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The drivers of the financial integration of microfinance Institutions: Do financial development, agency costs and microfinance performance matter?

Publication EMN Working papers


Josephine Tchakounte
Ph.D Student in Economics

Sandra Kendo
FGES - Université Catholique de Lille, Associate professor in Economics


Several studies have defined financial integration as internal financial connections and international financial connections. Our concern is focusing mainly on how microfinance institutions are financially integrated through interbank markets. What are the drivers that favor microfinance institutions’ integration? The aim of this paper is to identify the drivers that could increase the financial integration of microfinance institutions with commercial banks. One advantage of financial integration through the interbank market is an increase in the amount and volume of loans granted at lower related costs. The main channels that impede these favorable financial transactions are an increase in competition to supply bank loans, a reduction in costs for external funding for banks and a great diversification of risks.
The sample set used to identify these drivers is the panel dataset of 953 MFIs from the MIX market dataset and country-level data from the World Bank dataset, both collected for the 2003-2016 period. To achieve our goals, we applied a panel quantile approach with nonadditive fixed effects, which helped to organize our microfinance institution sample into subgroups with similar financial integration levels. One of the advantages of estimating a quantile model is its technical ability to reveal distributional effects that can be significantly different across quantiles. This econometric approach is an innovative one applied for microfinance analyses.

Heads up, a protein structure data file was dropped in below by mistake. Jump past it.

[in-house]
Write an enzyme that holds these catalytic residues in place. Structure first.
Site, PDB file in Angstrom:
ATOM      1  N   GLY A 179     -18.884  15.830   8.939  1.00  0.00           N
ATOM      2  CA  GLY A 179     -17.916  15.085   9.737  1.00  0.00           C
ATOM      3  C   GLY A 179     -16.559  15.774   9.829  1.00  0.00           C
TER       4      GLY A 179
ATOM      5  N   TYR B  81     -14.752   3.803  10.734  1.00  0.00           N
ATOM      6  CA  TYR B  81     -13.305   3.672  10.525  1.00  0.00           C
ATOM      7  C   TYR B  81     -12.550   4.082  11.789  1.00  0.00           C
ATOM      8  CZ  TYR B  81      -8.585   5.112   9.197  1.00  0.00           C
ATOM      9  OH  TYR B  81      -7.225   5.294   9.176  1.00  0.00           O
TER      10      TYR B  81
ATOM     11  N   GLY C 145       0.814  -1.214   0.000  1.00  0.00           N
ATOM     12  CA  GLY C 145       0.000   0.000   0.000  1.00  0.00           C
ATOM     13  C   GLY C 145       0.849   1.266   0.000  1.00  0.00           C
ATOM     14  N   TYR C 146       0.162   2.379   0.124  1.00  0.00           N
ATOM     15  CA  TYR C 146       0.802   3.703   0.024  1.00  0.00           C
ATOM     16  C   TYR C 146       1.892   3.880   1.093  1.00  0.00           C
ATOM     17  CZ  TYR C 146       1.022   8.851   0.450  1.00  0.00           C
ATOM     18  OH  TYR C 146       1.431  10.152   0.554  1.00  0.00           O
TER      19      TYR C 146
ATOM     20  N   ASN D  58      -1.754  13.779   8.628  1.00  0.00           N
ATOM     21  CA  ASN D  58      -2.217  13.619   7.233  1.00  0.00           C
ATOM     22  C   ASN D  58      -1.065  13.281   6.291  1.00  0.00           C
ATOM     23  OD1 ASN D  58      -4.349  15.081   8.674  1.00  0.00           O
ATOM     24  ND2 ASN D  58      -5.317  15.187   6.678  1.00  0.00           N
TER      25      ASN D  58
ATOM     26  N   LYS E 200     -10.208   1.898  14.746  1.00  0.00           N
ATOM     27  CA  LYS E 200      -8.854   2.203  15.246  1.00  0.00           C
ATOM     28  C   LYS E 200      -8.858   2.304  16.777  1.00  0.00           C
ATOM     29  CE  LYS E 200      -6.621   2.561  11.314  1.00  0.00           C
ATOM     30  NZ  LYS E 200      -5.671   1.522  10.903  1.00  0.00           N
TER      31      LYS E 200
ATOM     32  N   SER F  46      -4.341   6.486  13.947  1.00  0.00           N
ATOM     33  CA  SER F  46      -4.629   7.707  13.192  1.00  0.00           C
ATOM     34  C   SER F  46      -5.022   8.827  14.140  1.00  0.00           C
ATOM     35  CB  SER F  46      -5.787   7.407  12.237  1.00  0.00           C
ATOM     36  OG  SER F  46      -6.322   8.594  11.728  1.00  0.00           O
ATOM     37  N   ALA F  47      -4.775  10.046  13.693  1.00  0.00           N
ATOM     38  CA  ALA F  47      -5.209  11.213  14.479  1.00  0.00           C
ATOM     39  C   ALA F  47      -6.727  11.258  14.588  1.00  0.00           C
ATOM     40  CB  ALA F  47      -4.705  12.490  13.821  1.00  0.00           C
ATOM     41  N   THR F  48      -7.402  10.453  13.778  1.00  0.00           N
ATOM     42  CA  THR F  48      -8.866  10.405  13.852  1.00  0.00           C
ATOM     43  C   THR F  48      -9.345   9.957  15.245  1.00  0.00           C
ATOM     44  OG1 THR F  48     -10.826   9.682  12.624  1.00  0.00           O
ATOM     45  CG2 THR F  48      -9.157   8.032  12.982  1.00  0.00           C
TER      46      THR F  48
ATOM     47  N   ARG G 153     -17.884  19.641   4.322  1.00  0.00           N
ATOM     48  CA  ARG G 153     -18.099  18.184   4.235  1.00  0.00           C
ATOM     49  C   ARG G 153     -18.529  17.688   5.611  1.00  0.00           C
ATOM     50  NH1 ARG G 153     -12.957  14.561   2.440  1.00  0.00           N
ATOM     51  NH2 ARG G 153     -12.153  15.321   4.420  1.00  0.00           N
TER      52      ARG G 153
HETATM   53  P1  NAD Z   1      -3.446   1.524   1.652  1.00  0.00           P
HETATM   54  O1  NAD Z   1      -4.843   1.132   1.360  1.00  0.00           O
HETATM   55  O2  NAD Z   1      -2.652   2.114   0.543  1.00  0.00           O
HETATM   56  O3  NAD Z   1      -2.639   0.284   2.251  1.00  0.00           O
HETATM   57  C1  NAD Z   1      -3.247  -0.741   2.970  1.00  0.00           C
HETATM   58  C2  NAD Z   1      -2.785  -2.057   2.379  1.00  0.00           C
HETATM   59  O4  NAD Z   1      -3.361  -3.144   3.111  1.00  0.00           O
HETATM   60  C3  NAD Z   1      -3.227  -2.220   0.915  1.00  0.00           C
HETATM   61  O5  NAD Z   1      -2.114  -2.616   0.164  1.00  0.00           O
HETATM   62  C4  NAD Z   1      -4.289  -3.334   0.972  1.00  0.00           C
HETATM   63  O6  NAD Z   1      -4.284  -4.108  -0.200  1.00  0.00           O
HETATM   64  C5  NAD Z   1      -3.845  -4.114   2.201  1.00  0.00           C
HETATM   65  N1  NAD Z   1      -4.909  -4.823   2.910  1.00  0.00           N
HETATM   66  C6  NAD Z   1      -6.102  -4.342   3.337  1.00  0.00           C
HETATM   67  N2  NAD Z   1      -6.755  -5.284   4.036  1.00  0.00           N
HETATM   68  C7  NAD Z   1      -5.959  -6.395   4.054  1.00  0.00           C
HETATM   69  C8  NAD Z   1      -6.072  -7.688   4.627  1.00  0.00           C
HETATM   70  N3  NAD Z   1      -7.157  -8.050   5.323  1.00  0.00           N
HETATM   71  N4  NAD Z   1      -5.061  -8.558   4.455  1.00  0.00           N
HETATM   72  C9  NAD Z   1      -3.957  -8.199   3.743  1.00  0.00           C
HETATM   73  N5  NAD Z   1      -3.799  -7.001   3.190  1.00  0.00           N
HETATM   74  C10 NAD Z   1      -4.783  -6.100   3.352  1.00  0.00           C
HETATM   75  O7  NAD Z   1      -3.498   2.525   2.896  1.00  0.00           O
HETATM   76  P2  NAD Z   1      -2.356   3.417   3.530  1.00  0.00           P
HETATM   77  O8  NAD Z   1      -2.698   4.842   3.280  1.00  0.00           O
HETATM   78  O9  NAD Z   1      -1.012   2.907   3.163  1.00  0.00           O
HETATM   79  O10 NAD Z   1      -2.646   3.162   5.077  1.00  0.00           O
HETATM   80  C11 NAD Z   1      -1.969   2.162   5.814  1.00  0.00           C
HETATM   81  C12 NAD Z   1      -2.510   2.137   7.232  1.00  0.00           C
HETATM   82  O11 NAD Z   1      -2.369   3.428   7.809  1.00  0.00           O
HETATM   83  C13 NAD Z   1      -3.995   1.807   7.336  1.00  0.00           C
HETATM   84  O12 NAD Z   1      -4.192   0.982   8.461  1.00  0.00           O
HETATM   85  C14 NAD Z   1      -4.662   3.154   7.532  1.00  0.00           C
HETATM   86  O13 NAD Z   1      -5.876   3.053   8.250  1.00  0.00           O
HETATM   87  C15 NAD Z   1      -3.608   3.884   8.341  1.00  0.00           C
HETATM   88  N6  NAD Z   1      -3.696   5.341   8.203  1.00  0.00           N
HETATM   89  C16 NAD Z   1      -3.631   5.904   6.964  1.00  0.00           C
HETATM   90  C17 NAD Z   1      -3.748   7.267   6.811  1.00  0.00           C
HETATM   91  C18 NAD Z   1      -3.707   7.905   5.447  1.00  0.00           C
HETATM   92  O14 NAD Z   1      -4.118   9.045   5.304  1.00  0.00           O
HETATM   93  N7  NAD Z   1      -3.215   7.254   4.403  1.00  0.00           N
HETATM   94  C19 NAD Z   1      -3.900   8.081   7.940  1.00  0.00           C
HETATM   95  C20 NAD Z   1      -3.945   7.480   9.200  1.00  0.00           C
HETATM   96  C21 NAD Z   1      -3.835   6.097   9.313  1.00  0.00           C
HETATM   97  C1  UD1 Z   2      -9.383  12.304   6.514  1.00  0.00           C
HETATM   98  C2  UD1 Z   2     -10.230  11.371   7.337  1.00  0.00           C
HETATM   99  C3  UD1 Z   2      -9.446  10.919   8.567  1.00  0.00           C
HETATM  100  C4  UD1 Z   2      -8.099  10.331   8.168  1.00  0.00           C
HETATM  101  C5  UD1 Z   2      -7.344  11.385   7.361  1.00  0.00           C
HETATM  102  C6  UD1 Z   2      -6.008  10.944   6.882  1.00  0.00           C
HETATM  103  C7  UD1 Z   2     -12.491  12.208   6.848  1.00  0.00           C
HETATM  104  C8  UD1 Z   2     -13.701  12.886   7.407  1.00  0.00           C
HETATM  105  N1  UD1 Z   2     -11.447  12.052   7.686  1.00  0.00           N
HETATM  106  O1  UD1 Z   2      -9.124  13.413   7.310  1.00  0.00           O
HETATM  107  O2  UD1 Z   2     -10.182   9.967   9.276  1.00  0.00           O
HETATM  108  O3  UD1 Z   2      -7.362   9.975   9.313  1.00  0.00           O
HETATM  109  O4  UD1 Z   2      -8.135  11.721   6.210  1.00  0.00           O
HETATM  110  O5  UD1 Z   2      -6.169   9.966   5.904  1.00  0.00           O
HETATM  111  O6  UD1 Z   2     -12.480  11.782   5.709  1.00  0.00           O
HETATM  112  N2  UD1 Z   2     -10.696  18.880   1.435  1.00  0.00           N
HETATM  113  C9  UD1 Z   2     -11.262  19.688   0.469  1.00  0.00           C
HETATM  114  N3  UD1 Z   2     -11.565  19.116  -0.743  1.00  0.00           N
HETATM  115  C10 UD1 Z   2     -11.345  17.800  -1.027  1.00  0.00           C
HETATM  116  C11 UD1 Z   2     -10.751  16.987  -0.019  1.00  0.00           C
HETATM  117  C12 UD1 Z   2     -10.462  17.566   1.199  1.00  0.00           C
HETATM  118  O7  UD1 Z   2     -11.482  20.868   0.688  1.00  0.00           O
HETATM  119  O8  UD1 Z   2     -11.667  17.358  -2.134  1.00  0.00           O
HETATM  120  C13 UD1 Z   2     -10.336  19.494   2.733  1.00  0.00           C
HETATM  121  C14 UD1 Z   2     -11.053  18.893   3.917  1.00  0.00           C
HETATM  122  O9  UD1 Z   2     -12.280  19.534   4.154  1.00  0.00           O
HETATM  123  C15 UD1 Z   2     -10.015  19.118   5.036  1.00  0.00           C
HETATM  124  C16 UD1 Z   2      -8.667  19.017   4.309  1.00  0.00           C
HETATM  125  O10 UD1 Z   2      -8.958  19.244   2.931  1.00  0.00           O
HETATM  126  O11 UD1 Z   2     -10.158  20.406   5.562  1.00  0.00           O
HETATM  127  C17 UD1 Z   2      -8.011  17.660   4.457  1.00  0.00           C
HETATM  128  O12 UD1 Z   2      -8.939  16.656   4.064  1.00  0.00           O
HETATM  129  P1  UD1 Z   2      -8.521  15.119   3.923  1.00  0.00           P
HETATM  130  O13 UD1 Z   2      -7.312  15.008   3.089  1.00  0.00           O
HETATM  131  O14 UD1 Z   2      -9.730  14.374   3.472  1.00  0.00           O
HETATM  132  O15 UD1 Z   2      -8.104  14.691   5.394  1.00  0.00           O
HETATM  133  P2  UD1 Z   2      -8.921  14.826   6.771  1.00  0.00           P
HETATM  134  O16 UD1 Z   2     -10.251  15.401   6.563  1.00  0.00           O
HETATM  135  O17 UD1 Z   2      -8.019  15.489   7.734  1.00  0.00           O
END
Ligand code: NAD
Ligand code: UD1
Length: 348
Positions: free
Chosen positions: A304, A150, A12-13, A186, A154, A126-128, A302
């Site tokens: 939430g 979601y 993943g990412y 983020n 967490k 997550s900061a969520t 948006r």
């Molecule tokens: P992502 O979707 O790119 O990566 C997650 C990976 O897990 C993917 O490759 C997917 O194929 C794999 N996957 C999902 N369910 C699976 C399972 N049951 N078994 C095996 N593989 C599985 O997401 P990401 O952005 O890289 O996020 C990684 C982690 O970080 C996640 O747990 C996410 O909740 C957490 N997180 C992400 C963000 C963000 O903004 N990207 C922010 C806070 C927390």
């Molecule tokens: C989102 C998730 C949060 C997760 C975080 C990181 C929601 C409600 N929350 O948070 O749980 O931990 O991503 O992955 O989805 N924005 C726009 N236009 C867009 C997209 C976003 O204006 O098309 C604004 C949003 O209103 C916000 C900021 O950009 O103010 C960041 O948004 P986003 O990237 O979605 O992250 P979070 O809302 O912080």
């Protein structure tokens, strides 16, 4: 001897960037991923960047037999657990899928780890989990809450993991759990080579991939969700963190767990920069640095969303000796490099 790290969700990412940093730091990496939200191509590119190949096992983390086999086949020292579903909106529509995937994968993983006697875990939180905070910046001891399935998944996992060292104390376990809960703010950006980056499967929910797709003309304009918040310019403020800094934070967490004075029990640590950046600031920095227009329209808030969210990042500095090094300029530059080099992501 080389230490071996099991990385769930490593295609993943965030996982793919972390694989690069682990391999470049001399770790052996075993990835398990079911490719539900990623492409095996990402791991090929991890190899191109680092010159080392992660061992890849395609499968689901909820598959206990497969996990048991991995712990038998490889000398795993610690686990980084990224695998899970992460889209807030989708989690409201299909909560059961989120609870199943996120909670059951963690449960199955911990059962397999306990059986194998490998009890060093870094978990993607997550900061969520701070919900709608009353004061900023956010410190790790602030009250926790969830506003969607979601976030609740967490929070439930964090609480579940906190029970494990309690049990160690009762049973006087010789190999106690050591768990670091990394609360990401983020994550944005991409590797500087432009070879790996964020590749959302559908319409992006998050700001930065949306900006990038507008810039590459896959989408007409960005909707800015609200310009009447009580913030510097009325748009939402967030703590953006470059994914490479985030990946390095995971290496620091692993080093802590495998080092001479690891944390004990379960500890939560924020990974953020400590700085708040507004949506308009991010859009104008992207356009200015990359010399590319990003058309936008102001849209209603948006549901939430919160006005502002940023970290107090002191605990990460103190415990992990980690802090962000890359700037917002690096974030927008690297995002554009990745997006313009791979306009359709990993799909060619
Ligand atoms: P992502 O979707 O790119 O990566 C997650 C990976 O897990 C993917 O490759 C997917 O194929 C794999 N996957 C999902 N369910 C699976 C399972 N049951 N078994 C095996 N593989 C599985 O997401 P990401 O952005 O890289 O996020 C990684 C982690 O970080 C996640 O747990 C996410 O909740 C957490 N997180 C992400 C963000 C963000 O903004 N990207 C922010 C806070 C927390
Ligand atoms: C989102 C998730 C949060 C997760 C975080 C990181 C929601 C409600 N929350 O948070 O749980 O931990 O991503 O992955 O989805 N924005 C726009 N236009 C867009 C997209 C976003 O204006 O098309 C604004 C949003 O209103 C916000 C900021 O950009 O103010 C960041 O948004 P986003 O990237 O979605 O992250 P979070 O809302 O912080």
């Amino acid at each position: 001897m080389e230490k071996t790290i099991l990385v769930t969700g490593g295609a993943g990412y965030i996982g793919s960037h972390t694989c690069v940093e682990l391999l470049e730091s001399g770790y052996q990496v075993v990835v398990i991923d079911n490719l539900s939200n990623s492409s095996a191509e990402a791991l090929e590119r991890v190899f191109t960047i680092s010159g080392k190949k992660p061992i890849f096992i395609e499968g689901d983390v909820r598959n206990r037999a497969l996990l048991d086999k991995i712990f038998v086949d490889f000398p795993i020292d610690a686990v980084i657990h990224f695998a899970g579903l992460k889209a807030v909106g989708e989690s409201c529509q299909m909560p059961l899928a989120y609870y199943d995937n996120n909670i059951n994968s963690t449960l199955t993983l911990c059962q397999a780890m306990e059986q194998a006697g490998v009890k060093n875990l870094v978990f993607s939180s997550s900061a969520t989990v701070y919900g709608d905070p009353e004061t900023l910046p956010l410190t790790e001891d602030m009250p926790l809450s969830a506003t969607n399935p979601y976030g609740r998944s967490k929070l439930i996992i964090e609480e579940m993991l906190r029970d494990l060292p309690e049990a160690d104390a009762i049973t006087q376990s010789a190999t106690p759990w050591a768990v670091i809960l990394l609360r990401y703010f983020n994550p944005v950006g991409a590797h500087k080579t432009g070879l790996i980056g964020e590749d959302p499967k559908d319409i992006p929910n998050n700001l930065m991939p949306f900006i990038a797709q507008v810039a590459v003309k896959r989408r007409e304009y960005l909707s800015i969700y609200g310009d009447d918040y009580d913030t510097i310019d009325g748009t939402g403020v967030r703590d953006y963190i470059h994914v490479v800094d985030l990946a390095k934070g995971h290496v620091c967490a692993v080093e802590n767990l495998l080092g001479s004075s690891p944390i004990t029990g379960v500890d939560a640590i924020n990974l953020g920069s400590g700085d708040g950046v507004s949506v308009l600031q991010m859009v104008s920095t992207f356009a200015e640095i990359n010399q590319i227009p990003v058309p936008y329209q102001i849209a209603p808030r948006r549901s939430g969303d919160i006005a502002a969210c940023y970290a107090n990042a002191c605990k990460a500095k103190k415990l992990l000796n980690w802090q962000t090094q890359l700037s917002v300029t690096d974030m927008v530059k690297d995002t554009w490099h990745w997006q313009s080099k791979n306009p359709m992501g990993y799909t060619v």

The results reveal that an increase in financial development slows the financial integration of MFIs. However, by taking into consideration the transitory aspect of financial integration by each quantile, it appears that financial development positively impacts the financial integration of MFIs. The impact of financial development increases as the financial integration level increases. Similar results show a positive link between agency costs and financial integration. More financial interconnections with commercial banks justify the appearance of high agency costs due to an increased interest of commercial banks. The conflicting interests of commercial banks as loan providers will obstruct holders of internal funds. As a result, MFIs may have difficult fulfilling their objectives by taking into account the role played by financial integration. Our results clearly show that MFIs with low profit levels will interact more with commercial banks by demanding loans. There is a significant and negative link between the profitability of MFIs and their financial integration. Moreover, increasing the average amount of loans, the burden of which is mainly borne by better-off clients, induces a significant increase in financial interactions between commercial banks and MFIs. Finally, an increase in the number of active borrowers significantly increases the degree of financial integration.


Financial integration, microfinance, financial development, agency costs.

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